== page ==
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Thread: Metering in digital domain

  1. #31
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    Ok. Since we have completely lost track can we start talking about how these threads become like a living thing that spreads like cancer? WHO GIVES A SHIT! You guys are obviously knowledgeable but how about talking like normal people and not freaking robots. I dont follow anything on people who try to disprove others recording theories. To actually be creative and make things sound good does it have to be this complex? I bet all of you have a ton of useful advice individually but get you in the same thread and it turns to dick swinging. Entertaining but not educational. No offense to any of you. Can we get back on track and talk about what this was about to begin with?
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  2. #32
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    Quote Originally Posted by Bobbsy View Post
    By all means like "analogue warmth" or "tape saturation effects" or anything else--lots of good recordings use such things. But don't try to make the jump to pseudo science to justify it--just say "I like that sound".
    You totally get it.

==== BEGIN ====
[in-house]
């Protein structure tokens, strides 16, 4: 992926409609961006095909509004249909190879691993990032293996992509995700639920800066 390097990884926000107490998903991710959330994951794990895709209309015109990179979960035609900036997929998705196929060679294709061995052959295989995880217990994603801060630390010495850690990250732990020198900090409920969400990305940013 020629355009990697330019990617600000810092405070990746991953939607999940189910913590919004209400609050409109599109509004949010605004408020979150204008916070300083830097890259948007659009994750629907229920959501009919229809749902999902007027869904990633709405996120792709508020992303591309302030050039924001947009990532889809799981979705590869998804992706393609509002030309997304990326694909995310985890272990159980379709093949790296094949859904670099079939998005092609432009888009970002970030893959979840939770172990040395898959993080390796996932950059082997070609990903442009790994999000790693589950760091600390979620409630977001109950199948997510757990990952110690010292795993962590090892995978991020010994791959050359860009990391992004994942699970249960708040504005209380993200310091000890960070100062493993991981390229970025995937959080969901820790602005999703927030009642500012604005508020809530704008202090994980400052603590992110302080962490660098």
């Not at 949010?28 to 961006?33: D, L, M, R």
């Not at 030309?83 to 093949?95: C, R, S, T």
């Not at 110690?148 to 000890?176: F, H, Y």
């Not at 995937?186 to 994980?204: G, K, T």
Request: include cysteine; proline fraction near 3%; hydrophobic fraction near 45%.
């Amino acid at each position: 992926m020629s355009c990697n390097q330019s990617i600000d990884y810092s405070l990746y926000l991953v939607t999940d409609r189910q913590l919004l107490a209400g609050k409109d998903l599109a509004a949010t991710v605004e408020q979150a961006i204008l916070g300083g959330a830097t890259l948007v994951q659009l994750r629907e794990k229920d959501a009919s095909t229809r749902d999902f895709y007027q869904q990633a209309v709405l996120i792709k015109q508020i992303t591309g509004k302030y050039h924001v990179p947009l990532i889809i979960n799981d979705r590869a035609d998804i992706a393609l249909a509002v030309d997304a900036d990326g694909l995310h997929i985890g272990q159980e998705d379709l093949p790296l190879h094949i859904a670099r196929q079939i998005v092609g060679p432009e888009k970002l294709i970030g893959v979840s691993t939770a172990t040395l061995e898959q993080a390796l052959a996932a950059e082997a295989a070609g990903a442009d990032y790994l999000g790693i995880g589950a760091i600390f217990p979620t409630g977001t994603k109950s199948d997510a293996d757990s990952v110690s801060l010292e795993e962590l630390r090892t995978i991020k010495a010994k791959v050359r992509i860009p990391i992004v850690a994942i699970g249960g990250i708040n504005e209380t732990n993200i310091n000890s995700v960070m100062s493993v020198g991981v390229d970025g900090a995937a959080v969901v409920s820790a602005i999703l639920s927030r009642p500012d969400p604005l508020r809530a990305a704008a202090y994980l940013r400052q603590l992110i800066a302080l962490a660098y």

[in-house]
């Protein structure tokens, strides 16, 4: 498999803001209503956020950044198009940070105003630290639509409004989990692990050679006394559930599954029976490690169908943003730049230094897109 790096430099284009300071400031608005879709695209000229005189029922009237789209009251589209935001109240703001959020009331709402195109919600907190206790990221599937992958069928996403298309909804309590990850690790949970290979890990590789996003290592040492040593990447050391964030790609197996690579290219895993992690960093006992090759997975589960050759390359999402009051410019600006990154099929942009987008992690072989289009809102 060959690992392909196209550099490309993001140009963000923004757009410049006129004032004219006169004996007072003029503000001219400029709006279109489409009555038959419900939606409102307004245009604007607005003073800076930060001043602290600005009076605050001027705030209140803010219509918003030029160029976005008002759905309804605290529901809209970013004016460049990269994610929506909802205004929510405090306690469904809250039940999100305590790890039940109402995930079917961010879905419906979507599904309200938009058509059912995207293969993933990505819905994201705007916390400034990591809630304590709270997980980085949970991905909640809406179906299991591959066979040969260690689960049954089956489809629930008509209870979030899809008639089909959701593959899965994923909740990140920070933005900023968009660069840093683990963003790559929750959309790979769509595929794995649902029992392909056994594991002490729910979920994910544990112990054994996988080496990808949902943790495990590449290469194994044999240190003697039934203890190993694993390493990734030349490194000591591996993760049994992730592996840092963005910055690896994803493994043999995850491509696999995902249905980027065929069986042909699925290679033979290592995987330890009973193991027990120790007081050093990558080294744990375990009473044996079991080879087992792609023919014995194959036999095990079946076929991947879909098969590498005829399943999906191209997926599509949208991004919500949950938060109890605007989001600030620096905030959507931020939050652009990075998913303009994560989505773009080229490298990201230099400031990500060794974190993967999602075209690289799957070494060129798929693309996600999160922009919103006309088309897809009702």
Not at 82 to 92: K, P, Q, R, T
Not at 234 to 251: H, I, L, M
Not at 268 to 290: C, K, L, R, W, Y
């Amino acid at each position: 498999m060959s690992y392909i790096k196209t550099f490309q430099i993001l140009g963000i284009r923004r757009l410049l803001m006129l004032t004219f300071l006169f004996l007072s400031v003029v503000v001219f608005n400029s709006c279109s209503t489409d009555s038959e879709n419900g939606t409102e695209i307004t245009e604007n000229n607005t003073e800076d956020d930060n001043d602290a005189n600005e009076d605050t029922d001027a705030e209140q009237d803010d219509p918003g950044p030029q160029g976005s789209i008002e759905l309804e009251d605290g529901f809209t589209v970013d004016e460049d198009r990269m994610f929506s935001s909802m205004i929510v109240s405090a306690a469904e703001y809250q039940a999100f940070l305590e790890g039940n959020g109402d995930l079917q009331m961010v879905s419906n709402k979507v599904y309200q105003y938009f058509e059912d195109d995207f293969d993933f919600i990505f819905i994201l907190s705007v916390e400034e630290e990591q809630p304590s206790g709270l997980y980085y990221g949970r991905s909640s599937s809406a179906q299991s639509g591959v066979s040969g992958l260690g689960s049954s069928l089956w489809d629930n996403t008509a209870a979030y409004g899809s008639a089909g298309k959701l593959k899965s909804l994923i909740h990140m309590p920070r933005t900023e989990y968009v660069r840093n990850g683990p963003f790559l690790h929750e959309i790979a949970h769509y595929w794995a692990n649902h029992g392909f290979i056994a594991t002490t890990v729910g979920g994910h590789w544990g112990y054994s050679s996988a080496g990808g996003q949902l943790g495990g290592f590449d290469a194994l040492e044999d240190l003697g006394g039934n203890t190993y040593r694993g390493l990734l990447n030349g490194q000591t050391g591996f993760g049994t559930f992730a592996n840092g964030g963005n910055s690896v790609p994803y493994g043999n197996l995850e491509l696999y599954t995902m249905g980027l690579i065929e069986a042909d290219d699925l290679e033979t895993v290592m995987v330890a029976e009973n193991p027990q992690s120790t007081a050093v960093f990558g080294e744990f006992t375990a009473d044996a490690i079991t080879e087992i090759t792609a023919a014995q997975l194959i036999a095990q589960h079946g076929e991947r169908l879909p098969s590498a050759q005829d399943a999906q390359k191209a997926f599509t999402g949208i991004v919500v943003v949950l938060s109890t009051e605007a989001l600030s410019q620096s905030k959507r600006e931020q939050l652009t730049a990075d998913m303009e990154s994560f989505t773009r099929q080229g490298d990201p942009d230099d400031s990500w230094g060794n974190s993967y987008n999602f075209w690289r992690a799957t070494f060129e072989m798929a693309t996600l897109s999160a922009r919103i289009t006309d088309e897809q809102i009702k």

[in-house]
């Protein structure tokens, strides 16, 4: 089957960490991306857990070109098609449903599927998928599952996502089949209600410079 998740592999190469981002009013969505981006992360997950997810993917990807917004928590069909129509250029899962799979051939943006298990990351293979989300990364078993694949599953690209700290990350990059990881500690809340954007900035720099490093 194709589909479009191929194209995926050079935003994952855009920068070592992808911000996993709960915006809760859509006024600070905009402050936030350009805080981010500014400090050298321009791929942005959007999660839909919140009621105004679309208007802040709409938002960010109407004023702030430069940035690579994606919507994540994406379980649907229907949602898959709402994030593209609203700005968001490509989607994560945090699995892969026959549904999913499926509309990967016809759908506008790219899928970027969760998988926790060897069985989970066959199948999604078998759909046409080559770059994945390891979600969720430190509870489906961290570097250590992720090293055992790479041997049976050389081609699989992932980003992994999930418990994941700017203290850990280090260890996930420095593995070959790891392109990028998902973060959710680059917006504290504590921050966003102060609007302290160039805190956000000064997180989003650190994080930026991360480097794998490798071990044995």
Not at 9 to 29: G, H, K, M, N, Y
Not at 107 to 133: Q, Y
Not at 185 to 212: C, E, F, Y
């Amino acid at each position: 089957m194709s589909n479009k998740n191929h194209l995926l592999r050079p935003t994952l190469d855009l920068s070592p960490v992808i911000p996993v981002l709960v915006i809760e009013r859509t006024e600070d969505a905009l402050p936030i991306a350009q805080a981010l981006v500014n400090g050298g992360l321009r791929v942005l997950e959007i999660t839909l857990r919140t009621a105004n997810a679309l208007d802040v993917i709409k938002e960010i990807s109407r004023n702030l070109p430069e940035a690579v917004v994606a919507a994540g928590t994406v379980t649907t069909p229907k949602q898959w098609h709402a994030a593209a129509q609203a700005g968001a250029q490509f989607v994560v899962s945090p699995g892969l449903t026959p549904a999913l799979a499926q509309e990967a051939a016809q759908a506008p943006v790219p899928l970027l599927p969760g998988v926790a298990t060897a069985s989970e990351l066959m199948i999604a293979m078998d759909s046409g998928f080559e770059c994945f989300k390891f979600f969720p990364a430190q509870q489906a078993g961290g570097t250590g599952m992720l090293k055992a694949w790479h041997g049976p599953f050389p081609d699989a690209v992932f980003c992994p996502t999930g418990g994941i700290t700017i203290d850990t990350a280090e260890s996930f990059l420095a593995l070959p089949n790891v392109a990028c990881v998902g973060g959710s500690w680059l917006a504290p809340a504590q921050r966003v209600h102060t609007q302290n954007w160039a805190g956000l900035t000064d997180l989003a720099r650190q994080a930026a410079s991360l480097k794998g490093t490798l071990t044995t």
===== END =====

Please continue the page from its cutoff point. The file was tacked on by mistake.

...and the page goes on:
--Ethan

  3. #33
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    Quote Originally Posted by Ethan Winer View Post
    Yes, but understand that the concept of RMS and average levels derives from the need to know how loud something sounds.
    I'm using RMS level as a measure of whether my equipment is getting 1.228 volts RMS where it will operate at it's most linear and optimally in terms of S/N ratio (or not as the case may be if I am looking for distortion). On my converters that could equate to -14dBFS RMS or -9dBFS RMS depending on how I have them calibrated but I still shoot for around -18dBFS RMS out of convenience just so I don't have to pull the gain down on all my tracks since I will use mostly emulation plugs in the mix

    If I'm using an analog emualtion plugin then I'm looking for a level that will emulate the level where the plugin will operate at it's most linear and optimally in terms of emulated S/N ration (or not as the case may be if I am looking for emulated distortion)

    I believe this is why it's important to understand every part of the signal chain, both analog and digital, so you don't unintentionally add unwanted noise and distortion to your recordings and mixes.

    If your signal chain is comprised of an interface whose preamps and coverters are calibrated to be clean up to 0dBFS and all non emulation plugins then yes so long as nothing goes above 0dBFS you can record at pretty much any level you choose

    If you are using any analog gear in the signal chain that will begin to add distortion the further you go above +4dBU (0VU) or any emulation plugs that will add emulated distortion the further you go above an emulated 0VU. Then being aware of appropriate levels becomes important